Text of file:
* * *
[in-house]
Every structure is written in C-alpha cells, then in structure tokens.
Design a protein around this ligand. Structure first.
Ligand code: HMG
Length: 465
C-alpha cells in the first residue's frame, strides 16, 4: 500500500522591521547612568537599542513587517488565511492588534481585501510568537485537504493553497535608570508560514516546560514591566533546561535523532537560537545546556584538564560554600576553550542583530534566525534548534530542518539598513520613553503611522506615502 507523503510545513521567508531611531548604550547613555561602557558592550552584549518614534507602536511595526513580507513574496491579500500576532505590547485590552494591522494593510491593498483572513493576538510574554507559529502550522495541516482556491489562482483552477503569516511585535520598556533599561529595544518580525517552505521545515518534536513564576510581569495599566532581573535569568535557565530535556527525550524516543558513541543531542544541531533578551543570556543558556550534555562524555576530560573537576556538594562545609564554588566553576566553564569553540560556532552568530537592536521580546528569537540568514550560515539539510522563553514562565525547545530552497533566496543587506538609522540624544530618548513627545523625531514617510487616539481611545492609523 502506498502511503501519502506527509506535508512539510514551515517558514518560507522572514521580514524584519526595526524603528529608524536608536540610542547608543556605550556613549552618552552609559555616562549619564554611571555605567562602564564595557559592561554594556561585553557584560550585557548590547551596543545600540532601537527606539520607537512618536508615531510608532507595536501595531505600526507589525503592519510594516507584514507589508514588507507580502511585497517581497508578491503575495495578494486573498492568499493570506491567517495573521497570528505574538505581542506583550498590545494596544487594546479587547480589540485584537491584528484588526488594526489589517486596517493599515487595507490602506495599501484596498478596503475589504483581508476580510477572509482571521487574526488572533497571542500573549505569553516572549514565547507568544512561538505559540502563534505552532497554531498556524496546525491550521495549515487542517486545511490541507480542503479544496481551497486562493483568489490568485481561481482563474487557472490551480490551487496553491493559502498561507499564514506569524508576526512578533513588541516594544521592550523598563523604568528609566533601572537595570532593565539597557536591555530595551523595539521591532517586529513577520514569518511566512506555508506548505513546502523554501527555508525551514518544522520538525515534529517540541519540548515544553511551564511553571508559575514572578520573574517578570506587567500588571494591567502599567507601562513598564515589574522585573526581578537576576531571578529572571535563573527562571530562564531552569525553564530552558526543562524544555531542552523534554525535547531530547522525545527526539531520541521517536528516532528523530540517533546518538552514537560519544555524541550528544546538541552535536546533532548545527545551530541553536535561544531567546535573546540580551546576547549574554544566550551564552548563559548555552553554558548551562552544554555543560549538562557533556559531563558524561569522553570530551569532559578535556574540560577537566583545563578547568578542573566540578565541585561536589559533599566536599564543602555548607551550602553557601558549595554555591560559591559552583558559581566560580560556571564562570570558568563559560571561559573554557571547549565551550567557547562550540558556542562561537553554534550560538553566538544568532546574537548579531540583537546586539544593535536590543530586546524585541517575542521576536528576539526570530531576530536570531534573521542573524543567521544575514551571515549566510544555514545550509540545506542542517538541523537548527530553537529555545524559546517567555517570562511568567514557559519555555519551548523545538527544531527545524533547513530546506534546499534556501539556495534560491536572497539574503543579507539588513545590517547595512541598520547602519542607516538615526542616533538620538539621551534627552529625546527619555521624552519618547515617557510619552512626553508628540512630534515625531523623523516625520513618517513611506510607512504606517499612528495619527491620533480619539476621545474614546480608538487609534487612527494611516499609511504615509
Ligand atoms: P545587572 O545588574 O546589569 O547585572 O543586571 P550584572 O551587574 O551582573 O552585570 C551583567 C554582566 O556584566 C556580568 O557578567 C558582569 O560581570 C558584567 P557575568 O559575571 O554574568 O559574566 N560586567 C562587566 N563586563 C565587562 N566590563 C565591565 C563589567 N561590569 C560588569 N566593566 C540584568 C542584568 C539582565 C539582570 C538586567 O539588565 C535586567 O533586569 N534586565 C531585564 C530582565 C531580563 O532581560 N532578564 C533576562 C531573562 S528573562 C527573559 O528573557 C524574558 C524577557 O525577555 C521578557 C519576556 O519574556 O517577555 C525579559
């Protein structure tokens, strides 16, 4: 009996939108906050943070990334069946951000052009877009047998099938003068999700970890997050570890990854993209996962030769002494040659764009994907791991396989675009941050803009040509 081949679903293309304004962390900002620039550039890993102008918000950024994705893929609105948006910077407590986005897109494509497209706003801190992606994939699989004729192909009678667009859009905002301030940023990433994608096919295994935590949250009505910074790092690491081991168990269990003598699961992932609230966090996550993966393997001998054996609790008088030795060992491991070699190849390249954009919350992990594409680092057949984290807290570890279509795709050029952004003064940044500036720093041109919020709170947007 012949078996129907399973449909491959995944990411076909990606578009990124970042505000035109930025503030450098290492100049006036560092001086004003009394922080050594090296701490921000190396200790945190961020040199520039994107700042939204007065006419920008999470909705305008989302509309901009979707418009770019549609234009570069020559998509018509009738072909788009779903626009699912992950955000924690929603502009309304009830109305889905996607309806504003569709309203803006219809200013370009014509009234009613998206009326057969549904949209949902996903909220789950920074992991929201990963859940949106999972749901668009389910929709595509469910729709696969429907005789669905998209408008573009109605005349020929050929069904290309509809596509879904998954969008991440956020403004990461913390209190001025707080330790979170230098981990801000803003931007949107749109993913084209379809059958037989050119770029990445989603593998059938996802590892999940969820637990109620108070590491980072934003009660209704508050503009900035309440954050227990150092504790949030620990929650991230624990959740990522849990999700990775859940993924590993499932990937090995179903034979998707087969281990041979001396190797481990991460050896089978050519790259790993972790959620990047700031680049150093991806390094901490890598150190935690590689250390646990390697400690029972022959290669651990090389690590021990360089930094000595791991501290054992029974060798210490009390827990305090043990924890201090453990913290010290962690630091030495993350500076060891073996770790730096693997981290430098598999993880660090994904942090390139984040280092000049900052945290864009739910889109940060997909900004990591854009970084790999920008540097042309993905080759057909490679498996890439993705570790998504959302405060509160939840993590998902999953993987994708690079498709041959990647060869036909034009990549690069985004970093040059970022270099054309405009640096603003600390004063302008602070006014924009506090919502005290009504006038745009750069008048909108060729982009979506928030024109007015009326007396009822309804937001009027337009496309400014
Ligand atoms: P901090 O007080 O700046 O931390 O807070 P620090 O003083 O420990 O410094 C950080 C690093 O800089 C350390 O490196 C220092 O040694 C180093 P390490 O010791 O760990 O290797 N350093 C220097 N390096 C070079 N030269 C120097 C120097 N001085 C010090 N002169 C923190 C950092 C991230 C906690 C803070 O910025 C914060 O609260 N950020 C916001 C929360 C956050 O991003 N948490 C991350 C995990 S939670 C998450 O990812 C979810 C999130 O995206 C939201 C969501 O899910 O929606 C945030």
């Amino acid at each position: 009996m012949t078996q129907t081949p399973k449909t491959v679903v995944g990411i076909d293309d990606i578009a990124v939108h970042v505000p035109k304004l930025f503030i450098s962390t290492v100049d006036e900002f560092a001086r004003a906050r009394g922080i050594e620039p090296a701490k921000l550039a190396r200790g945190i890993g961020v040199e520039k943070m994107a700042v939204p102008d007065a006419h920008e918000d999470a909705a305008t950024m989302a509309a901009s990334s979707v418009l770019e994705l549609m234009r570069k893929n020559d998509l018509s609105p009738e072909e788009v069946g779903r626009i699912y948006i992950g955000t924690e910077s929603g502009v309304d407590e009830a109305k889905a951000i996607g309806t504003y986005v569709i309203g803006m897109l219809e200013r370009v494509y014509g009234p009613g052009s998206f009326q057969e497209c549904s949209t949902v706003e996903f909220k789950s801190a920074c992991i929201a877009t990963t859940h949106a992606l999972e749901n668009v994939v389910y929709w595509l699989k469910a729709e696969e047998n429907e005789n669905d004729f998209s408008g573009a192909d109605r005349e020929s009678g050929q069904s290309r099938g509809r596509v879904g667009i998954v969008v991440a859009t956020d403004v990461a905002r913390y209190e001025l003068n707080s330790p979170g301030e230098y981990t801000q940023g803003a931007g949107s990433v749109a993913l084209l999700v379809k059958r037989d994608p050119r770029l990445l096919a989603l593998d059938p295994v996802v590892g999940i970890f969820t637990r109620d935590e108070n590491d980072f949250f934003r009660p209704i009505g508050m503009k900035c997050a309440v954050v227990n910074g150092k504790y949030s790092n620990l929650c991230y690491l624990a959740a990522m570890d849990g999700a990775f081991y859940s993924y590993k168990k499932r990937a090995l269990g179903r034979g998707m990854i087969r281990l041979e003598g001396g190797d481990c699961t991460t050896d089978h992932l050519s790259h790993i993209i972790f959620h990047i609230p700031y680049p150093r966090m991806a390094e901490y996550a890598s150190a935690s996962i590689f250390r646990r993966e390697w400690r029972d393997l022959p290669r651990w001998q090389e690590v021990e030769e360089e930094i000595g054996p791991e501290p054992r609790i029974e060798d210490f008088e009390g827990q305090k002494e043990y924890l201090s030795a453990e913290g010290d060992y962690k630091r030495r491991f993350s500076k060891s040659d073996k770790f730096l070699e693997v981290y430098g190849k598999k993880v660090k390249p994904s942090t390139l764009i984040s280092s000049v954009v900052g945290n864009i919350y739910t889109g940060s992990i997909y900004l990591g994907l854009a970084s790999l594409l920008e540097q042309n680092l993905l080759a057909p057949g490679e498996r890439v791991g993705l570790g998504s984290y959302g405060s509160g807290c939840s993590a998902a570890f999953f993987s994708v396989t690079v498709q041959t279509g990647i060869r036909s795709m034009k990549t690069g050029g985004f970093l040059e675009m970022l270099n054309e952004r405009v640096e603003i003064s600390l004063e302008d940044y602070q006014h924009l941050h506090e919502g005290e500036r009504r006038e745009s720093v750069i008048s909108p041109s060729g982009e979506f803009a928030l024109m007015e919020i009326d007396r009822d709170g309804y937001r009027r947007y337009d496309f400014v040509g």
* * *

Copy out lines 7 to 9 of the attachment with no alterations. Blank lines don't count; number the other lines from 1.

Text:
Ligand atoms: P545587572 O545588574 O546589569 O547585572 O543586571 P550584572 O551587574 O551582573 O552585570 C551583567 C554582566 O556584566 C556580568 O557578567 C558582569 O560581570 C558584567 P557575568 O559575571 O554574568 O559574566 N560586567 C562587566 N563586563 C565587562 N566590563 C565591565 C563589567 N561590569 C560588569 N566593566 C540584568 C542584568 C539582565 C539582570 C538586567 O539588565 C535586567 O533586569 N534586565 C531585564 C530582565 C531580563 O532581560 N532578564 C533576562 C531573562 S528573562 C527573559 O528573557 C524574558 C524577557 O525577555 C521578557 C519576556 O519574556 O517577555 C525579559
């Protein structure tokens, strides 16, 4: 009996939108906050943070990334069946951000052009877009047998099938003068999700970890997050570890990854993209996962030769002494040659764009994907791991396989675009941050803009040509 081949679903293309304004962390900002620039550039890993102008918000950024994705893929609105948006910077407590986005897109494509497209706003801190992606994939699989004729192909009678667009859009905002301030940023990433994608096919295994935590949250009505910074790092690491081991168990269990003598699961992932609230966090996550993966393997001998054996609790008088030795060992491991070699190849390249954009919350992990594409680092057949984290807290570890279509795709050029952004003064940044500036720093041109919020709170947007 012949078996129907399973449909491959995944990411076909990606578009990124970042505000035109930025503030450098290492100049006036560092001086004003009394922080050594090296701490921000190396200790945190961020040199520039994107700042939204007065006419920008999470909705305008989302509309901009979707418009770019549609234009570069020559998509018509009738072909788009779903626009699912992950955000924690929603502009309304009830109305889905996607309806504003569709309203803006219809200013370009014509009234009613998206009326057969549904949209949902996903909220789950920074992991929201990963859940949106999972749901668009389910929709595509469910729709696969429907005789669905998209408008573009109605005349020929050929069904290309509809596509879904998954969008991440956020403004990461913390209190001025707080330790979170230098981990801000803003931007949107749109993913084209379809059958037989050119770029990445989603593998059938996802590892999940969820637990109620108070590491980072934003009660209704508050503009900035309440954050227990150092504790949030620990929650991230624990959740990522849990999700990775859940993924590993499932990937090995179903034979998707087969281990041979001396190797481990991460050896089978050519790259790993972790959620990047700031680049150093991806390094901490890598150190935690590689250390646990390697400690029972022959290669651990090389690590021990360089930094000595791991501290054992029974060798210490009390827990305090043990924890201090453990913290010290962690630091030495993350500076060891073996770790730096693997981290430098598999993880660090994904942090390139984040280092000049900052945290864009739910889109940060997909900004990591854009970084790999920008540097042309993905080759057909490679498996890439993705570790998504959302405060509160939840993590998902999953993987994708690079498709041959990647060869036909034009990549690069985004970093040059970022270099054309405009640096603003600390004063302008602070006014924009506090919502005290009504006038745009750069008048909108060729982009979506928030024109007015009326007396009822309804937001009027337009496309400014
Ligand atoms: P901090 O007080 O700046 O931390 O807070 P620090 O003083 O420990 O410094 C950080 C690093 O800089 C350390 O490196 C220092 O040694 C180093 P390490 O010791 O760990 O290797 N350093 C220097 N390096 C070079 N030269 C120097 C120097 N001085 C010090 N002169 C923190 C950092 C991230 C906690 C803070 O910025 C914060 O609260 N950020 C916001 C929360 C956050 O991003 N948490 C991350 C995990 S939670 C998450 O990812 C979810 C999130 O995206 C939201 C969501 O899910 O929606 C945030």